Malcolm Young ’68
Malcolm C. Young ’68; Major: American Studies

When the U.S. Sentencing Commission reduced the prison terms for certain federal drug crimes, and ruled that these reductions can be applied retroactively, thousands of federal prisoners became eligible for early release. In the coming years, as many as 46,000 of them will be released early—about two years earlier than anticipated, on average. Malcolm C. Young ’68 is heading a new effort to help hundreds of these people move back into the wider world.

“Currently, when a person leaves the federal system, they’re passed off to federal probation, which provides supervision. Federal probation is overworked and understaffed,” says Young, a Washington, D.C., lawyer. “Within a matter of months they’re left on their own.”

The new wave of early releases will stretch the probation system even thinner.

Project New Opportunity, which Young founded last year, will “remedy some of the deficiencies in reentry and demonstrate a better way to bring people home,” he says.

Project staff will work with each inmate starting six months to a year before the early release date, figuring out what social support the person will need on the outside and connecting him or her to family members, social workers and faith-based aid organizations.

Funded by George Soros’ Open Society Foundations and run through New York’s Center for Community Alternatives, the project will launch this spring in eastern Virginia, among other areas of the country where there are especially large numbers of early releases or a shortage of halfway houses for them. Young would also like to focus on categories of prisoners who are particularly vulnerable, such as women and military veterans.

A lot is at stake politically in how well these people readjust to life outside of prison, Young says. Politicians and citizens who oppose sentence reductions fear that inmates released early will return to lives of crime and pose a threat to public safety.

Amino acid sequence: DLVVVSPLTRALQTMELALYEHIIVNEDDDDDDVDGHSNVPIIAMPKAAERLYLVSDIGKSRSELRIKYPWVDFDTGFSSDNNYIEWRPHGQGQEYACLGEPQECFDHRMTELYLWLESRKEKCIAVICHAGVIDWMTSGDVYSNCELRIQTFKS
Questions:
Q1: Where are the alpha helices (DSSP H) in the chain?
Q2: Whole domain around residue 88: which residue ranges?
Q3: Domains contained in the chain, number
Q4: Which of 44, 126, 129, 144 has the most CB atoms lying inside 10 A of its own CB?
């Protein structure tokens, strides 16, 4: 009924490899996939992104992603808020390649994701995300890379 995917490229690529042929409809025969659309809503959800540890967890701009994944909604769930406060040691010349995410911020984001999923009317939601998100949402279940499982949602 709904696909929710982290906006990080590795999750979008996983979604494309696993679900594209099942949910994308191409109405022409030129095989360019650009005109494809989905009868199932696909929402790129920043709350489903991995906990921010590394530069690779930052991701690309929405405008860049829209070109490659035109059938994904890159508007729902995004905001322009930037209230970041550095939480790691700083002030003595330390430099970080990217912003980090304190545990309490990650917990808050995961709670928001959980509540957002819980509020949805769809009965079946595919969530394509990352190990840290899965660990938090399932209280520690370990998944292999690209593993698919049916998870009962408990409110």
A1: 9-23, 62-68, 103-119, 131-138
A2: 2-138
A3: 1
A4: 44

Those who support the shortening of sentences, including Young, fear the same thing, because such Those who oppose sentence reductions fear that inmates will return to lives of crime. Those who support early releases fear the same thing. recidivism could give sentencereduction “a bad flavor” and prompt judges to halt the trend.

“I personally object to the term ‘early release,’ because the original release date was arbitrarily imposed in the first place,” Young says. “There is research that shows that longer sentences seem to be followed by increased recidivism, not less.”

Young has been concerned with matters of sentencing for decades. In 1986, building off previous work with the National Legal Aid & Defender Association, he founded The Sentencing Project. Now a research and advocacy organization, it works to address racial disparities in sentencing and advocates for alternatives to incarceration.

Young is also leading a research and writing project at the Campaign for Youth Justice on the mistreatment of juveniles prosecuted as adults in Mississippi. Young describes Project New Opportunity as a sort of bookend to his earlier work. “Thirty years ago I started The Sentencing Project to help keep people out of jail and prison at the front end,” he said in a recent edition of the Amherst class notes. Now he’ll be there to help them as they emerge on the other side.